what is school for?


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the questions

1.  Why is there school….what is the purpose of school?
2.  What do you like most (or did you like most) about school?
3.  What is (or was) hard about school?
4.  What are (or were) you good at in school?
5.  What important things have you learned about or how to do in school?
6.  What do you (or did you) want to learn about in school?
7.  What would you change about school ?
8.  Do you (or did you) like school?
9.  What do you imagine might be better for people than school?
10. Do you think other people would agree with your ideas?

readers are invited to enter this conversation. some enjoy choosing one question or more. if you would prefer I contact you and we have a private interview, that is fine too.
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Some responses from a reader’s page, thanks Jennifer Lehr, list of questions below……
I posted this on my fb page and here’s the answers i got:

from: The Unschooling of a 6 year old
1) Why is there school….what is the purpose of school? Originally to train up kids for the industrial age.
2) What do you like most (or did you like most) about school? When I was a kid, reading.
3) What is (or was) hard about school? Socialising.
4) What are (or were) you good at in school? English, reading, writing.
5) What important things have you learned about or how to do in school? English language.
6) What do you (or did you) want to learn about in school? The rules of the English language.
7) What would you change about school ? More options for kids – choices on what to study and learn.
8 ) Do you (or did you) like school? At least til year 10 I didn’t mind school.
9) What do you imagine might be better for people than school? Learning. At your own pace.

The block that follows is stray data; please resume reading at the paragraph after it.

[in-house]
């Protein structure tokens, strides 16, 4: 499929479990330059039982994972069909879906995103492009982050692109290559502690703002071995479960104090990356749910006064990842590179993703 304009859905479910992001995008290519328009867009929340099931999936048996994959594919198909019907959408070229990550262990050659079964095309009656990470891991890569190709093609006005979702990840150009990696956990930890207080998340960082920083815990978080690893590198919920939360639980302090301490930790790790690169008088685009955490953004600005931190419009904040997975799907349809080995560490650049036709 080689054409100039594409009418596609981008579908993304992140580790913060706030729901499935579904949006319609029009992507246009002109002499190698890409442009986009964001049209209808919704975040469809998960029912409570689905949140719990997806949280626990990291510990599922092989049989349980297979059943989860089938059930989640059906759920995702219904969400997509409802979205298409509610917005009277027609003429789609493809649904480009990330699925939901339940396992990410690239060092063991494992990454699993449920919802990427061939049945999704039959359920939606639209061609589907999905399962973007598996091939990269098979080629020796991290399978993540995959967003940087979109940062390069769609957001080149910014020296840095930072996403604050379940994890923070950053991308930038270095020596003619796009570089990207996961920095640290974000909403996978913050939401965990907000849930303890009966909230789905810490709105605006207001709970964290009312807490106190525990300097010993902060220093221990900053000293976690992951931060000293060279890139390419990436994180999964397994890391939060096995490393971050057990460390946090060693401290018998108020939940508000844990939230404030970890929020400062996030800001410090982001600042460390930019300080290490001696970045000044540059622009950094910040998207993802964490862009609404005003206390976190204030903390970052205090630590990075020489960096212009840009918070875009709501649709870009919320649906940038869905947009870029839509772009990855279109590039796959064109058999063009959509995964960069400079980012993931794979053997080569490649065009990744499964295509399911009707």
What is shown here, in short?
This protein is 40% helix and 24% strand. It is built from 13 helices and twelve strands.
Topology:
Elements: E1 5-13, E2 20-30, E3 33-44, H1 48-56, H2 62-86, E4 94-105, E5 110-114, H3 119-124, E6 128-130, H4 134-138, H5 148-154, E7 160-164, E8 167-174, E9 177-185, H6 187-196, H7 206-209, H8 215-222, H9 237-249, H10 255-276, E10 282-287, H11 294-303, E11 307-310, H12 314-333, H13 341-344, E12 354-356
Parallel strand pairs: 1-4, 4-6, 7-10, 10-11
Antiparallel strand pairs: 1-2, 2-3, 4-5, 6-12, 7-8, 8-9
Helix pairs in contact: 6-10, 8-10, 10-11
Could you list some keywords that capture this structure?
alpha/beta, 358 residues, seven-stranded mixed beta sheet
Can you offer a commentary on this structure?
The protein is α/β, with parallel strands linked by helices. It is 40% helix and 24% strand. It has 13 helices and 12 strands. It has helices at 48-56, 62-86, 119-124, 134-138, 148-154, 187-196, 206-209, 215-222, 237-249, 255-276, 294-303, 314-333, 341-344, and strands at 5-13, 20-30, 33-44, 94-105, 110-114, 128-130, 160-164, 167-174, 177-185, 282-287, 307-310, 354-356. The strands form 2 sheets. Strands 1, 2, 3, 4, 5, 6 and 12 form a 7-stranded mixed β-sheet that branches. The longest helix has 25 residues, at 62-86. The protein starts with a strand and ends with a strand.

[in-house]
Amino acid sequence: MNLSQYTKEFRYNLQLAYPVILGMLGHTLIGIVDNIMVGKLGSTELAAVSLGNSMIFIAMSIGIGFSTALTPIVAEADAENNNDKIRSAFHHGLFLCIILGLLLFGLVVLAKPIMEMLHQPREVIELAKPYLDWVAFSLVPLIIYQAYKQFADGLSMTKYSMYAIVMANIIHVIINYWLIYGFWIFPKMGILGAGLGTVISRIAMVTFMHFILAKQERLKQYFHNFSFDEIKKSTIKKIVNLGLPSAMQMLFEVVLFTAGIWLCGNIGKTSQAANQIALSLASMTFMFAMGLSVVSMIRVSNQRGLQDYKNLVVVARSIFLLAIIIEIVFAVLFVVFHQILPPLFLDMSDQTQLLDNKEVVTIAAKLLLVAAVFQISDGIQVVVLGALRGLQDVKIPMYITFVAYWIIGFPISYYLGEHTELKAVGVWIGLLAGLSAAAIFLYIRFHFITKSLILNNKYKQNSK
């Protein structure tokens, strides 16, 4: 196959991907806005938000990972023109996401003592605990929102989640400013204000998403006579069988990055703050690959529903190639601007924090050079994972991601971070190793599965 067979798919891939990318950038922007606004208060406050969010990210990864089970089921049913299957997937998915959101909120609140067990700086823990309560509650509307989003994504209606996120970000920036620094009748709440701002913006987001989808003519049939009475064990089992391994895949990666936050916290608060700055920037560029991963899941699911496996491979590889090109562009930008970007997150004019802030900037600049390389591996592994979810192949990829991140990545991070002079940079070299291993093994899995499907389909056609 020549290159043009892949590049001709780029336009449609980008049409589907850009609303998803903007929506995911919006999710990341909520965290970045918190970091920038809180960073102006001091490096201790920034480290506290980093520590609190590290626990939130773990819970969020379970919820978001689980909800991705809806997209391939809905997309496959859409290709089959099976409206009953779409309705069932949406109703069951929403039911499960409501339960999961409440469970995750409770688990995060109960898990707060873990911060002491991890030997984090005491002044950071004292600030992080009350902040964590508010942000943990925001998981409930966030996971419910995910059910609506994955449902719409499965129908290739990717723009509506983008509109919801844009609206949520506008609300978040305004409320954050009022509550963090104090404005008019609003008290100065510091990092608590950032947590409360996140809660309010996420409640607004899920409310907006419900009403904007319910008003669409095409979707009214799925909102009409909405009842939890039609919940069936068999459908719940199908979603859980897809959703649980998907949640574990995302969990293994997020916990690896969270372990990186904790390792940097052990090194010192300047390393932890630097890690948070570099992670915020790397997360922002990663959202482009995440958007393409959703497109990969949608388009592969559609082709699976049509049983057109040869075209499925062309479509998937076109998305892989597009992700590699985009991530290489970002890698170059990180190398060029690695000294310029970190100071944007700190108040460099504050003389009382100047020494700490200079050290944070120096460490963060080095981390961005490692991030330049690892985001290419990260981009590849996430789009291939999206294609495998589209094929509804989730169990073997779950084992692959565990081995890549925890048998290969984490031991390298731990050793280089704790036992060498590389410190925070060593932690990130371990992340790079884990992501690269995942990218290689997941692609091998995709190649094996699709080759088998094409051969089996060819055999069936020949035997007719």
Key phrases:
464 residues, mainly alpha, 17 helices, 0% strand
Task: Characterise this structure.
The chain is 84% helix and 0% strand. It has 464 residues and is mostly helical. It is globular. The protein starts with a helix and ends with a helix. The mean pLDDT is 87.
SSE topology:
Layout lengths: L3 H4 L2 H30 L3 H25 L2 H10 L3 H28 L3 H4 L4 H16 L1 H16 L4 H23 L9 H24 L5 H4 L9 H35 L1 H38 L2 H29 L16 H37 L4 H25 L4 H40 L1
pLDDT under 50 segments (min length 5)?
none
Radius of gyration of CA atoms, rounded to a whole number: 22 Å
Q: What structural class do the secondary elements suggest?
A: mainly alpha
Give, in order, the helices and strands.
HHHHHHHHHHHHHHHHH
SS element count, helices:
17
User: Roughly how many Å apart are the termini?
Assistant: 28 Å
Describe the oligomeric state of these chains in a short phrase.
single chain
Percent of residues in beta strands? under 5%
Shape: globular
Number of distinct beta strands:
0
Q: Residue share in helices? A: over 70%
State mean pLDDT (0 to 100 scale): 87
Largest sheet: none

10) Do you think other people would agree with your ideas? Some would. Others don’t like change or don’t see anything than the idea that kids go to school and that is their job.

from: Fred Alina
1) The purpose of school is to educate kids. Theoretically.
2) I liked art, recess, and writing.
3) Socializing was hard. Forced association with kids who weren’t very nice. Teachers who seemed to have a hard time letting go of negative opinions about kids.
4) I was good at math and science and grammar.
5) The only thing I really use that I would not have learned outside school that I can think of is math.
6) I think this answer is deeply personal. If kids had support to do whatever it is they are really interested in, be it computer programming or designing circuits or writing music or designing a magazine, they could learn so much about not just that subject but many many others. This would be one big thing I would want to see.
7) The first thing I would change about school is its perception. School is not “the place kids learn” and kids don’t learn best by being “taught” to. The verb should be “to learn”, not “to teach”. (I have nothing against teachers, but I know I always learned best on my own and of my own interests). Kids can learn many things in many places. Parents need to be more aware of and supportive of this. I think parents “get” that their kids learn the first couple of years mostly from parents: language, colors, counting, etc. Even if they use daycare they see the impact they have on what their kids learn. But by school age, they hand a lot of it over to the government and say, “OK, I can’t teach math, so you do it.” But again, the emphasis is on the wrong verbs. Toddlers aren’t “taught” for the most part, but they manage to learn anyway.
The pride from doing something well.
9) An opportunity to innovate, to create, to stop “learning” and start creating.
10) Uh. No.

—Please share your thoughts—-

3 Responses to what is school for?

  1. Carol Hand says:

    Great video that raises crucial questions about the purpose of education! Thank you for sharing this.

    Like

  2. Pingback: The Questions: What is school for? | in search of school that can change the world

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